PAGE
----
Composite tails technology was used to fill in the former East Mine area which is now under active reclamation.
Composite Tails (CT) combines fluid fine tails with gypsum and sand as tailings are deposited in a mined-out area. This mixture causes the tailings to settle more quickly and release water. CT is then capped with sand and soil, enabling the development of landscapes that support grass, trees and wetlands. This technique was used to fill in the former east mine pit, which is now under active reclamation.
Construction of the 52-hectare Sandhill Fen research watershed was completed in 2012 and results to date are surpassing expectations. After four growing seasons, the plant community continues to develop and plant health is comparable to that found on a natural site. A 2015 vegetation diversity study showed that almost half of the wetland area is characterized by peat-forming species, and there are 87 plant and 23 moss species. As well, a wide variety of wildlife is inhabiting the watershed, including rodents, bats, frogs and birds.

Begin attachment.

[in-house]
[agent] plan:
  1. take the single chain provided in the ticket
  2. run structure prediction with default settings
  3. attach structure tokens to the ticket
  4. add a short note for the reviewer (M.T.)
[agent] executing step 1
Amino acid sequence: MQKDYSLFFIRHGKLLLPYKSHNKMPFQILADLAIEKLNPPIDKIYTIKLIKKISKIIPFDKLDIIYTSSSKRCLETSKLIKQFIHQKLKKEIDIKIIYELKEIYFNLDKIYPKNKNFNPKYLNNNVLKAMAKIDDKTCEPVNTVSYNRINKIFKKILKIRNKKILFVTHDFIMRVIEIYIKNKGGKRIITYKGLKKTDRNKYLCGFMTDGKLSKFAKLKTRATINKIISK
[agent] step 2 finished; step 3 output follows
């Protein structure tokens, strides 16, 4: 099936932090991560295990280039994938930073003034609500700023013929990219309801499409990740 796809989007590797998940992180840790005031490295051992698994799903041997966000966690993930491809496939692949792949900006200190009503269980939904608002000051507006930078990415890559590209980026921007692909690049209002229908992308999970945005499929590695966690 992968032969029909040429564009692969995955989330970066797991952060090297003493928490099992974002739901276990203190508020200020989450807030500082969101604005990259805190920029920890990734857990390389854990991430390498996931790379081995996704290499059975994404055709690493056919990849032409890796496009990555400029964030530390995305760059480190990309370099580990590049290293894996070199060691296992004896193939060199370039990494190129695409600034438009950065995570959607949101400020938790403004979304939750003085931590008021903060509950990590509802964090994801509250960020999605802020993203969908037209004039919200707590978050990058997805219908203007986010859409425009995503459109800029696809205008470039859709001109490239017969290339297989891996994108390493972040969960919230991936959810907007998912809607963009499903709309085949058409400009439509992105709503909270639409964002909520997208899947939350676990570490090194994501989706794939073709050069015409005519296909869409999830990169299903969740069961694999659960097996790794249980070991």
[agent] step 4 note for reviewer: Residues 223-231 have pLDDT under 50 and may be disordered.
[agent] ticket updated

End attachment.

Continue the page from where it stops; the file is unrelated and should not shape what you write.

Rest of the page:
Learn more about the fen watershed research project and composite tailings reclamation in our Sustainability Report.